The main nutritional indices of grains include proteins, starches, fats, ashes, amino acids, dietary fibers, and trace elements. Traditionally, nutritional attributes are determined using physical and chemical experimental analysis. The Kjeldahl method for nitrogen determination, hydrolysis, Randall extraction, incineration, amino-acid analyzers, enzymatic gravimetric method, and plasmas are generally adopted to determine protein [5], starch [6], fat [7], ash [8], amino acid [9], dietary fiber [10], and trace element [11] contents in grains. Traditional detection methods generally call for destructive sample preparation and are time-consuming and inefficient. In modern inspection methods for nutritional attributes, methods including NIRS, HSI, RS, NMR, X-ray, and those based on acoustic properties, mechanical properties, and E-tongues are mainly used (Table 3).
    Table 3. Non-destructive detection methods for nutritional attributes of cereal grains.

    Detection Methods





    Proteins, starches, and amino acids

    Unity SpectraStar 2500XL-spectrometer



    Proteins, oleic acids, and starches

    OCI-UAV-1000 hyper-spectrometer



    Proteins, starches, amino acids, and oils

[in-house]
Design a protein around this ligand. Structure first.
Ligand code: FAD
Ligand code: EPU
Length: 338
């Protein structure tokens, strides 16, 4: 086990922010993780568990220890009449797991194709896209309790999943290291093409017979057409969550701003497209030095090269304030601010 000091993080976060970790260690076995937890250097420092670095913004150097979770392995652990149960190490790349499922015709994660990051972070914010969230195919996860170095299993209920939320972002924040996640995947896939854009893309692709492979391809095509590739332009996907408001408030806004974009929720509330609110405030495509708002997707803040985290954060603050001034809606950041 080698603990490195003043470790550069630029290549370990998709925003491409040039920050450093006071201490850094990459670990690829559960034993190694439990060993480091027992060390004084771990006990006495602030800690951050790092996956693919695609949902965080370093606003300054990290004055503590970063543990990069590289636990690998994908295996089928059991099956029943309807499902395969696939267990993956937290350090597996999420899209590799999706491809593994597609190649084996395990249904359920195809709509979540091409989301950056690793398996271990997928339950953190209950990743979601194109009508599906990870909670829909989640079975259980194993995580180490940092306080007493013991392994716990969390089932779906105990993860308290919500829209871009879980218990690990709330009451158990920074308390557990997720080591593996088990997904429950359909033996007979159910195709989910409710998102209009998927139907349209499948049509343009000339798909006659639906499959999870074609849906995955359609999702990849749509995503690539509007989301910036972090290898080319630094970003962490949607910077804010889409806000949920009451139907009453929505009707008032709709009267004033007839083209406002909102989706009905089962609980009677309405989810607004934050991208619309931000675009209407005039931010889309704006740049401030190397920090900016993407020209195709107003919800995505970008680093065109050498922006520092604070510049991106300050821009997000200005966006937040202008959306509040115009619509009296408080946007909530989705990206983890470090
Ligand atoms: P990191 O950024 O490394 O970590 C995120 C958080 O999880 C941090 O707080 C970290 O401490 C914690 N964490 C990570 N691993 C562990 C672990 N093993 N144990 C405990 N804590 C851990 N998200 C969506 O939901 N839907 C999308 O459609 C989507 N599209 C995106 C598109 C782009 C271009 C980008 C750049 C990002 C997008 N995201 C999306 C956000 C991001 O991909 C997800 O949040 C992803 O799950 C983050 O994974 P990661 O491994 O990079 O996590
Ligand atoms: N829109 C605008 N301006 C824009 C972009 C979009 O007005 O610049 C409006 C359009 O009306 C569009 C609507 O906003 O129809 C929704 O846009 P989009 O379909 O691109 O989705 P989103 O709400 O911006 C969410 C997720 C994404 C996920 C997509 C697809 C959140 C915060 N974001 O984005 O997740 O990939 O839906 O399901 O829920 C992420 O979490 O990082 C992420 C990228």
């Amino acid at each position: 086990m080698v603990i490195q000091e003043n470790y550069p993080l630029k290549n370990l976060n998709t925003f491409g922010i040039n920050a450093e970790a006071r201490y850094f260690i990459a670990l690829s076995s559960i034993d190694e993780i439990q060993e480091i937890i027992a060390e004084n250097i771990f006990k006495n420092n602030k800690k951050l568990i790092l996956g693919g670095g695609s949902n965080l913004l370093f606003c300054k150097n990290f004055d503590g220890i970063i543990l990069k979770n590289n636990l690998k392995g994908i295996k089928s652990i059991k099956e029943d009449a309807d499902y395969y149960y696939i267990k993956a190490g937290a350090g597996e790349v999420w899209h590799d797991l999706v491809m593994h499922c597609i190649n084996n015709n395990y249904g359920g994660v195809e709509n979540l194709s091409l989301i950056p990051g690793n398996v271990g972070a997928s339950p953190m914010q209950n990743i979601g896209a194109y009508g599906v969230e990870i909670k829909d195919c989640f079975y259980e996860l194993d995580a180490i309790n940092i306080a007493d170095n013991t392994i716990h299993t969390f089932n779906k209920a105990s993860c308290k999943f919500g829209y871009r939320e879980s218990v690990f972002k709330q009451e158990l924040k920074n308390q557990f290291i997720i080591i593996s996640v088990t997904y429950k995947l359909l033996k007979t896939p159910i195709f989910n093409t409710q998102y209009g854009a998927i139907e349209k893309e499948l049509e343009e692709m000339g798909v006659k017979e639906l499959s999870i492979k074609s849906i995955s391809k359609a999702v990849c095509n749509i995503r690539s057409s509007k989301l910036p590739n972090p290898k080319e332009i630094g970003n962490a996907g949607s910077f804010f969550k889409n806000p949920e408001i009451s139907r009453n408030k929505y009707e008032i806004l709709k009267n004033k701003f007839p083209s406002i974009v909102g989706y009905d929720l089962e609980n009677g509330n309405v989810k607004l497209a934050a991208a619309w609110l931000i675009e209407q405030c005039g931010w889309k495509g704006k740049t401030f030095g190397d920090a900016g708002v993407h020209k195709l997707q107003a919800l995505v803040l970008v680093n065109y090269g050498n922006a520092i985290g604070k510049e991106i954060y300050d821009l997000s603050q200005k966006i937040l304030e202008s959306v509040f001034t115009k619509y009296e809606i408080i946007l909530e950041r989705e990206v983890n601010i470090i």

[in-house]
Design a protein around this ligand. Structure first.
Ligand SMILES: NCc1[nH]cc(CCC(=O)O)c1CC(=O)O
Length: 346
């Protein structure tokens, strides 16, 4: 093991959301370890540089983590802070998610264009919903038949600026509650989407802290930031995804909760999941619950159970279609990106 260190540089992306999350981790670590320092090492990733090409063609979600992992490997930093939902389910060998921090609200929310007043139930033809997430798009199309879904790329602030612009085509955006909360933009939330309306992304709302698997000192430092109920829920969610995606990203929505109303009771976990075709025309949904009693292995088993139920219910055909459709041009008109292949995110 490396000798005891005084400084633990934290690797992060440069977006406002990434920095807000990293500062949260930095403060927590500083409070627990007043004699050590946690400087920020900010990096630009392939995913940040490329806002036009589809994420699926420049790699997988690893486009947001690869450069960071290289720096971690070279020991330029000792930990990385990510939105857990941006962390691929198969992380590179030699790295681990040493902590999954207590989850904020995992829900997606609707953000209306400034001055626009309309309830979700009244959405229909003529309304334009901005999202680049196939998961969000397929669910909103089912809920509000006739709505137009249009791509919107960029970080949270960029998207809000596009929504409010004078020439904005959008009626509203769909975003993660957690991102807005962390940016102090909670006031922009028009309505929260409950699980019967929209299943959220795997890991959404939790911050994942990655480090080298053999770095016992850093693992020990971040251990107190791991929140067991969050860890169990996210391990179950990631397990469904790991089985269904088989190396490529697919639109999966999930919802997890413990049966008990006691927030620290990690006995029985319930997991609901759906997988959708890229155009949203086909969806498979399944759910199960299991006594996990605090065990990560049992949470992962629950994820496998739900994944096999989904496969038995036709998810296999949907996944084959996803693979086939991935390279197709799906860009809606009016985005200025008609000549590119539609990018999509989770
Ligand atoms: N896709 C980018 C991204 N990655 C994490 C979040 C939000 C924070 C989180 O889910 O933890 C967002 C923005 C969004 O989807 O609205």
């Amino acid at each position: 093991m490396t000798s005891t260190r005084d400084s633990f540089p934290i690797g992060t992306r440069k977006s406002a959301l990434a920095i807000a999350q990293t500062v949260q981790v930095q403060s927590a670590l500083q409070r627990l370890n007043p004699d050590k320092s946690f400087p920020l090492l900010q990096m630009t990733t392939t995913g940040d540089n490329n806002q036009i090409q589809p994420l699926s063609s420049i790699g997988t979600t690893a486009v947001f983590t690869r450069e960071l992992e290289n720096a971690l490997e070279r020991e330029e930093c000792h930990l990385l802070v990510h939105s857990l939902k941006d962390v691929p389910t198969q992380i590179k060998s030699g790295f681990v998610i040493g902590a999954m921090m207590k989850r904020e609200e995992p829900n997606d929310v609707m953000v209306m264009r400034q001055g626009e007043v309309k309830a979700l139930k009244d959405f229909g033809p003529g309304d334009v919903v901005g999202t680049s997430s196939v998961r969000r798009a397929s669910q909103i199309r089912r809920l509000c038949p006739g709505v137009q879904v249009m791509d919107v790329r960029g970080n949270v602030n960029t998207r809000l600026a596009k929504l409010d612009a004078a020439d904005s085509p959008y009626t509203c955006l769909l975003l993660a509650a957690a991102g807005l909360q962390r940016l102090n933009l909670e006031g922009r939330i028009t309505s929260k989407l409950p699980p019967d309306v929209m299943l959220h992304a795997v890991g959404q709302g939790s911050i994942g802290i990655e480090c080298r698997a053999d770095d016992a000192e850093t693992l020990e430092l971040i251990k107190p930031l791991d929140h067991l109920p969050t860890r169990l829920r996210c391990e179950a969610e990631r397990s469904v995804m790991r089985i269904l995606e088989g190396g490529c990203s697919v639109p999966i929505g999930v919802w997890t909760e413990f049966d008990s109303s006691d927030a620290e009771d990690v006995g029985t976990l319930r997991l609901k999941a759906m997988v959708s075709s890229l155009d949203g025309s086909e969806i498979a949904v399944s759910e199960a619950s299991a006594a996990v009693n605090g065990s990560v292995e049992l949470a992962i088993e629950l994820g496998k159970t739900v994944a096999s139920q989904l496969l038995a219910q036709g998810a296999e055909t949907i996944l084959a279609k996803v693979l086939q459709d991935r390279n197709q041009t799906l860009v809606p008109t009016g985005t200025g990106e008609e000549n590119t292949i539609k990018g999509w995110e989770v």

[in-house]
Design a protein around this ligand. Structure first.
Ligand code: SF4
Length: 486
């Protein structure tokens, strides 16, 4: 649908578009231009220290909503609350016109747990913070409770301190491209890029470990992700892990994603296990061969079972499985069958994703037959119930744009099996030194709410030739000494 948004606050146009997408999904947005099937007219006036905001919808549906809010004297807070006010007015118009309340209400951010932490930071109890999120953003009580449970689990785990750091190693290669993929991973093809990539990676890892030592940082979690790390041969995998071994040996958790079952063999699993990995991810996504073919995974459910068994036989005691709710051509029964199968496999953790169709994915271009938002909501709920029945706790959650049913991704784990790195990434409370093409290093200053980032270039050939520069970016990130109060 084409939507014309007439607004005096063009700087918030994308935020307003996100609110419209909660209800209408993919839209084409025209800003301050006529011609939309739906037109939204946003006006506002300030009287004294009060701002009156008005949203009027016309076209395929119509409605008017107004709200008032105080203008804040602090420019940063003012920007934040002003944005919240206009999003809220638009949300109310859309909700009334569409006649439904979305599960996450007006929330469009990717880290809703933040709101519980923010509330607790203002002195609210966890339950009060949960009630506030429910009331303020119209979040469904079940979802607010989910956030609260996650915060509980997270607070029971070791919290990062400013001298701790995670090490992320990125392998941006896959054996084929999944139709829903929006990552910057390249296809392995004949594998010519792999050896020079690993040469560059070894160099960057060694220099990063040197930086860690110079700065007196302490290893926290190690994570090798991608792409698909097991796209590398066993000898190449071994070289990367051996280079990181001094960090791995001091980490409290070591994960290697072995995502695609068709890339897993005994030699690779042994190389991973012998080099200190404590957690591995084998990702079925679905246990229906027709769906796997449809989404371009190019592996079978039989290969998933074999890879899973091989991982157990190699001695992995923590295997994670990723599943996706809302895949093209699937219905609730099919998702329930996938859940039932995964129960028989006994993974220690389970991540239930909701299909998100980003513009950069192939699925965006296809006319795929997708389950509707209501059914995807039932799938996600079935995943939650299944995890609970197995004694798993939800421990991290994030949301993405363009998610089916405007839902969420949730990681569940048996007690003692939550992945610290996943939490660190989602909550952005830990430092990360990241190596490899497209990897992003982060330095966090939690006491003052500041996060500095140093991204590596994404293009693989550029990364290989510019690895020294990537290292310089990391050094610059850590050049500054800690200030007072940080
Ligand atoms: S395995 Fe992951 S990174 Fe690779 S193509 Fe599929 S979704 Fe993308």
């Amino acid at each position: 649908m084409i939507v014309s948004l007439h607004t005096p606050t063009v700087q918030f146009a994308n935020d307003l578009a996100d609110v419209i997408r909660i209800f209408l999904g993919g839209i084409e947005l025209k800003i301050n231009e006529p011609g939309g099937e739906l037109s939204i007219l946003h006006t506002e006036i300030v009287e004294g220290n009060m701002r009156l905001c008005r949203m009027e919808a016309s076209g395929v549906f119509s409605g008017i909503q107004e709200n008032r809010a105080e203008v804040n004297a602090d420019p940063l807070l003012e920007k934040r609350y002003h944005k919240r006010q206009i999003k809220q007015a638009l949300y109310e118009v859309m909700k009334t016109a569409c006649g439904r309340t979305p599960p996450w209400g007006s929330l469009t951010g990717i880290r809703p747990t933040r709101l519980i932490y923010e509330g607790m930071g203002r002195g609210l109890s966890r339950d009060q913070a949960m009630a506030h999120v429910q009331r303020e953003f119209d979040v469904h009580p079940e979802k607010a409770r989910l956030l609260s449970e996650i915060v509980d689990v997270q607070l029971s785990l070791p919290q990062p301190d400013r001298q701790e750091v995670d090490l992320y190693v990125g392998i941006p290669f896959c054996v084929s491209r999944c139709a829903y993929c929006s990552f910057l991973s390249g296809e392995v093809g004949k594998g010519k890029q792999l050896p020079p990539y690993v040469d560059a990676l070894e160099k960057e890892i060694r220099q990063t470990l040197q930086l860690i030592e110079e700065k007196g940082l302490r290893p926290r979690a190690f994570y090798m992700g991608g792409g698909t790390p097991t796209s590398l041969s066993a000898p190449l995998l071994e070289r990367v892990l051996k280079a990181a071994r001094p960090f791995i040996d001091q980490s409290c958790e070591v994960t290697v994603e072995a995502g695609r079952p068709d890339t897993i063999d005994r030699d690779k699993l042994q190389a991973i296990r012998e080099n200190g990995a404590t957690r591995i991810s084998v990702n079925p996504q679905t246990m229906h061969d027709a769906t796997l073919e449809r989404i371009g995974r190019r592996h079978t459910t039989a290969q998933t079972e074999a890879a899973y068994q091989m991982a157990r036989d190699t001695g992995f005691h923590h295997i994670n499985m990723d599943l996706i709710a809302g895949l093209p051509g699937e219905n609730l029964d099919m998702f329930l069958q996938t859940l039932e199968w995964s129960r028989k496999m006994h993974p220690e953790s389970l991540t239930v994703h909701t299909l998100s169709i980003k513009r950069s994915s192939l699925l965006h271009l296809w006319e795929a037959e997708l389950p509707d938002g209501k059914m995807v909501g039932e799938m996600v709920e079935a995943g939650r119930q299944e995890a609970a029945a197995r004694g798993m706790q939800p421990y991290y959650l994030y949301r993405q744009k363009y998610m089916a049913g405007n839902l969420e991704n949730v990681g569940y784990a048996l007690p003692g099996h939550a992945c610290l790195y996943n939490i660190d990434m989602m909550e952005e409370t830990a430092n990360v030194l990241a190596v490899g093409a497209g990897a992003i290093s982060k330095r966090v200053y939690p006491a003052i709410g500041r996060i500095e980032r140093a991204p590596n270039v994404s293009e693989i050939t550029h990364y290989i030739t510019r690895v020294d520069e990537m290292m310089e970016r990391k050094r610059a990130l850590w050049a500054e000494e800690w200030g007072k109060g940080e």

Renishaw Raman spectrometer




    Minispec mq20 NMR spectrometer



    Trace elements

    Hard X-ray microprobe


    Acoustic properties

    Proteins and ashes

    Physical property analyzer


    Mechanical properties

    Proteins and starches

    CT3 physical property analyzer



    Starches and proteins

    Self-made three-electrode E-tongue


    2.3. Non-Destructive Inspection Methods for Safety Attributes of Cereal Grains

    Regarding safety attributes, the maximum limits for pesticide residues, fungal toxins, and contaminants in grains have been listed in the Chinese National Standards for Food Safety. Traditionally, gas chromatography and liquid chromatography are commonly used for determining the maximum limits of pesticide residues and fungal toxins, and atomic absorption spectrometry (ABS) is utilized to measure heavy metal residues. Modern methods for detecting safety attributes mainly include NIRS, HSI, RS, X-ray, and E-noses (Table 4).